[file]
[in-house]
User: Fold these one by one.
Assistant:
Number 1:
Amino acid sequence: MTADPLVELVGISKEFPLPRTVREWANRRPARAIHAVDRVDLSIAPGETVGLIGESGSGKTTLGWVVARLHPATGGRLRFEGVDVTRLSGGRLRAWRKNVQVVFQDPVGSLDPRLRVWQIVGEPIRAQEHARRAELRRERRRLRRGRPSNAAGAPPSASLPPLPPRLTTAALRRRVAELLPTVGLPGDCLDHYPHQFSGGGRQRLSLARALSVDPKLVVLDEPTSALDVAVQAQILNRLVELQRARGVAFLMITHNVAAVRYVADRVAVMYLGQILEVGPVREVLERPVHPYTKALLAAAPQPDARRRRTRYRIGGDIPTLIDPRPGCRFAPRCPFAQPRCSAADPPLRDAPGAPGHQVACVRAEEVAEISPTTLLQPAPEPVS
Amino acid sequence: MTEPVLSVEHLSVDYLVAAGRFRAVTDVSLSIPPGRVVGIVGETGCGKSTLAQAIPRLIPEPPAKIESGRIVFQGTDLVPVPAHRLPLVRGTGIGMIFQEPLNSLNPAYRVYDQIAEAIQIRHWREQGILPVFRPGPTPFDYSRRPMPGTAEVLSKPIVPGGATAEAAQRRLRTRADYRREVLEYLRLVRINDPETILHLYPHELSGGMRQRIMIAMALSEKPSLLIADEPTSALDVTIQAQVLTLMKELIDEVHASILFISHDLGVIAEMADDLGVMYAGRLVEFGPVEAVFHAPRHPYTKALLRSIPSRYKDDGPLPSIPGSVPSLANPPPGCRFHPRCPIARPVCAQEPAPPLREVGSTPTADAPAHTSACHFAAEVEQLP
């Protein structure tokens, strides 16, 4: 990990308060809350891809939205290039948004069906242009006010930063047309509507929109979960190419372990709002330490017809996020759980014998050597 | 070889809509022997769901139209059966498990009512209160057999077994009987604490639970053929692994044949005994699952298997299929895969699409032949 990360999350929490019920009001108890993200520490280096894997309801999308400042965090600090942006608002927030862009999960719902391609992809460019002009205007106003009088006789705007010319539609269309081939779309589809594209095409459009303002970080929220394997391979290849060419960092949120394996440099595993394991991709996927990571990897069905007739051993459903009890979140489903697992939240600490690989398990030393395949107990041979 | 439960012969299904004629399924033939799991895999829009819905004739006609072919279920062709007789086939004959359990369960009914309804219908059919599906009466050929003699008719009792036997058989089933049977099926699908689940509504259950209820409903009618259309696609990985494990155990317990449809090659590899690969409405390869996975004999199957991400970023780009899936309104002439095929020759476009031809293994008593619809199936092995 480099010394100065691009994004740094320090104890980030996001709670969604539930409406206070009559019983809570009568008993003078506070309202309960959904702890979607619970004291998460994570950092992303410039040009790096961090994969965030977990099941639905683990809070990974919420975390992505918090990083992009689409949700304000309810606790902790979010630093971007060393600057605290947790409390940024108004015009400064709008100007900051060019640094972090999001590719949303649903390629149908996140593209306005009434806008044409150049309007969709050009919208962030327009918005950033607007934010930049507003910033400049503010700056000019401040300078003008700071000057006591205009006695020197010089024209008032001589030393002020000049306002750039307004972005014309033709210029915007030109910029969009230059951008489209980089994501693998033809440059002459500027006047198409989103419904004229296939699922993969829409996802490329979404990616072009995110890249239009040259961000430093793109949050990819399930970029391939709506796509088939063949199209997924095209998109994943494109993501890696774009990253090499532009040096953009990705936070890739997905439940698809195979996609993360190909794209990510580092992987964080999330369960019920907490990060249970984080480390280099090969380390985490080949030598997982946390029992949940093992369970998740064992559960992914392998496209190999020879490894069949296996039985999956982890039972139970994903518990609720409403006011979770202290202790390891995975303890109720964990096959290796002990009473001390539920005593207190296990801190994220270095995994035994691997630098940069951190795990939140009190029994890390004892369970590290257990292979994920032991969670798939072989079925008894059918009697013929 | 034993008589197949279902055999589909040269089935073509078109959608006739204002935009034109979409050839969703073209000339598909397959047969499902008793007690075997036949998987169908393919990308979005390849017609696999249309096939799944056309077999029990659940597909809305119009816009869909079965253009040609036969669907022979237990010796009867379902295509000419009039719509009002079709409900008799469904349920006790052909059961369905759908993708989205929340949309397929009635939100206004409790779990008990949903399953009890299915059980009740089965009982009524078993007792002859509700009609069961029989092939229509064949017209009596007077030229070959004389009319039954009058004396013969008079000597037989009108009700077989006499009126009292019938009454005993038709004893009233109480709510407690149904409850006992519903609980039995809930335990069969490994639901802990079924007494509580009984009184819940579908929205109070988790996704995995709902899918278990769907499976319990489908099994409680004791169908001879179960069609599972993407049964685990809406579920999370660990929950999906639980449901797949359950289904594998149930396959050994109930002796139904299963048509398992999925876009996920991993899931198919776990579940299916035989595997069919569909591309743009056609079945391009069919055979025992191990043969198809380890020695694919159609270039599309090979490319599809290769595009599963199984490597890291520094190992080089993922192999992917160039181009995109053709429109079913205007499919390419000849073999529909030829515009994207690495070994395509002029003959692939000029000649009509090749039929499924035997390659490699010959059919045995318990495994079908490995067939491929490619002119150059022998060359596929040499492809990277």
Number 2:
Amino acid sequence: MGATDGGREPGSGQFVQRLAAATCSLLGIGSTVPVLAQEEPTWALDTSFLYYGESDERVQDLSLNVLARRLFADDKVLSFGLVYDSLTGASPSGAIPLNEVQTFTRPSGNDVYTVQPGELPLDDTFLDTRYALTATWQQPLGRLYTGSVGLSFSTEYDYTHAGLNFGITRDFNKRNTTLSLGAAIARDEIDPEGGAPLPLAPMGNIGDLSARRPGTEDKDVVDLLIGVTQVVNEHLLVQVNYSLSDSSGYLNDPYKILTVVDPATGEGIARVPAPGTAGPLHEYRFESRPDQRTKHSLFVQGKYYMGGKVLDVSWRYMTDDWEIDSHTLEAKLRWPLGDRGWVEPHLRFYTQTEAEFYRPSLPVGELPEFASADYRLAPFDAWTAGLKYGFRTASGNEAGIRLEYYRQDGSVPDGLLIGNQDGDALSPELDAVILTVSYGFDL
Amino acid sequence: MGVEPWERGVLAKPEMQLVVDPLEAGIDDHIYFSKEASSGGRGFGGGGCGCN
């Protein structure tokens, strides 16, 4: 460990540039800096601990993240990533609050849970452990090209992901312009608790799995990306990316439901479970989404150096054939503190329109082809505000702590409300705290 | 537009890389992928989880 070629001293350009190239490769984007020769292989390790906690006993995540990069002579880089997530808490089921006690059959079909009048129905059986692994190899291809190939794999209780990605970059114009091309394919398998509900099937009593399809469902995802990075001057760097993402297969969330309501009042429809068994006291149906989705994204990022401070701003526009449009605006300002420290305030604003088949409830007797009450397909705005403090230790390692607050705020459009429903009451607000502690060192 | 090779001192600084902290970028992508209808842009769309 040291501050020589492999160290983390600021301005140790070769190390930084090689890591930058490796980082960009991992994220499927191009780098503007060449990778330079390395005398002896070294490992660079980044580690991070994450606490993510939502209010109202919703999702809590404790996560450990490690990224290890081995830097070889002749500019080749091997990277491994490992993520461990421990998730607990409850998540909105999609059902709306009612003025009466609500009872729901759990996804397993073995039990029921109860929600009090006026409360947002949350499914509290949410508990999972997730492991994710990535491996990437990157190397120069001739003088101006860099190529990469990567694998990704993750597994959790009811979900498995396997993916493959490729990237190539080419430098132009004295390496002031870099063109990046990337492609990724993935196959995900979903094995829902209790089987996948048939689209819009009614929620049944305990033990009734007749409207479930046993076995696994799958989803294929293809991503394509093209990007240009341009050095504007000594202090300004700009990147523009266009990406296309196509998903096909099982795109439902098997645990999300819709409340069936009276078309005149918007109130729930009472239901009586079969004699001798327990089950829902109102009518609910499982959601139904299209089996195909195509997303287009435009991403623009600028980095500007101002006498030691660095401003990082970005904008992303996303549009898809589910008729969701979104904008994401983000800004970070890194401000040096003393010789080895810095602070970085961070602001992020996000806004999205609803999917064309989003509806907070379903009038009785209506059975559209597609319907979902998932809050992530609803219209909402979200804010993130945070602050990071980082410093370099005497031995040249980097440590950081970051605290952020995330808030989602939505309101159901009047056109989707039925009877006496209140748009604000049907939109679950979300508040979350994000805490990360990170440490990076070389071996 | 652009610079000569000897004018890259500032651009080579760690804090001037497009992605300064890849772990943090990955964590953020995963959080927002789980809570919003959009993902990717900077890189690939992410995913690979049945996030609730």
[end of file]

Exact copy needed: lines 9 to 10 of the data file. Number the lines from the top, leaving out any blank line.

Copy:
Amino acid sequence: MGATDGGREPGSGQFVQRLAAATCSLLGIGSTVPVLAQEEPTWALDTSFLYYGESDERVQDLSLNVLARRLFADDKVLSFGLVYDSLTGASPSGAIPLNEVQTFTRPSGNDVYTVQPGELPLDDTFLDTRYALTATWQQPLGRLYTGSVGLSFSTEYDYTHAGLNFGITRDFNKRNTTLSLGAAIARDEIDPEGGAPLPLAPMGNIGDLSARRPGTEDKDVVDLLIGVTQVVNEHLLVQVNYSLSDSSGYLNDPYKILTVVDPATGEGIARVPAPGTAGPLHEYRFESRPDQRTKHSLFVQGKYYMGGKVLDVSWRYMTDDWEIDSHTLEAKLRWPLGDRGWVEPHLRFYTQTEAEFYRPSLPVGELPEFASADYRLAPFDAWTAGLKYGFRTASGNEAGIRLEYYRQDGSVPDGLLIGNQDGDALSPELDAVILTVSYGFDL
Amino acid sequence: MGVEPWERGVLAKPEMQLVVDPLEAGIDDHIYFSKEASSGGRGFGGGGCGCN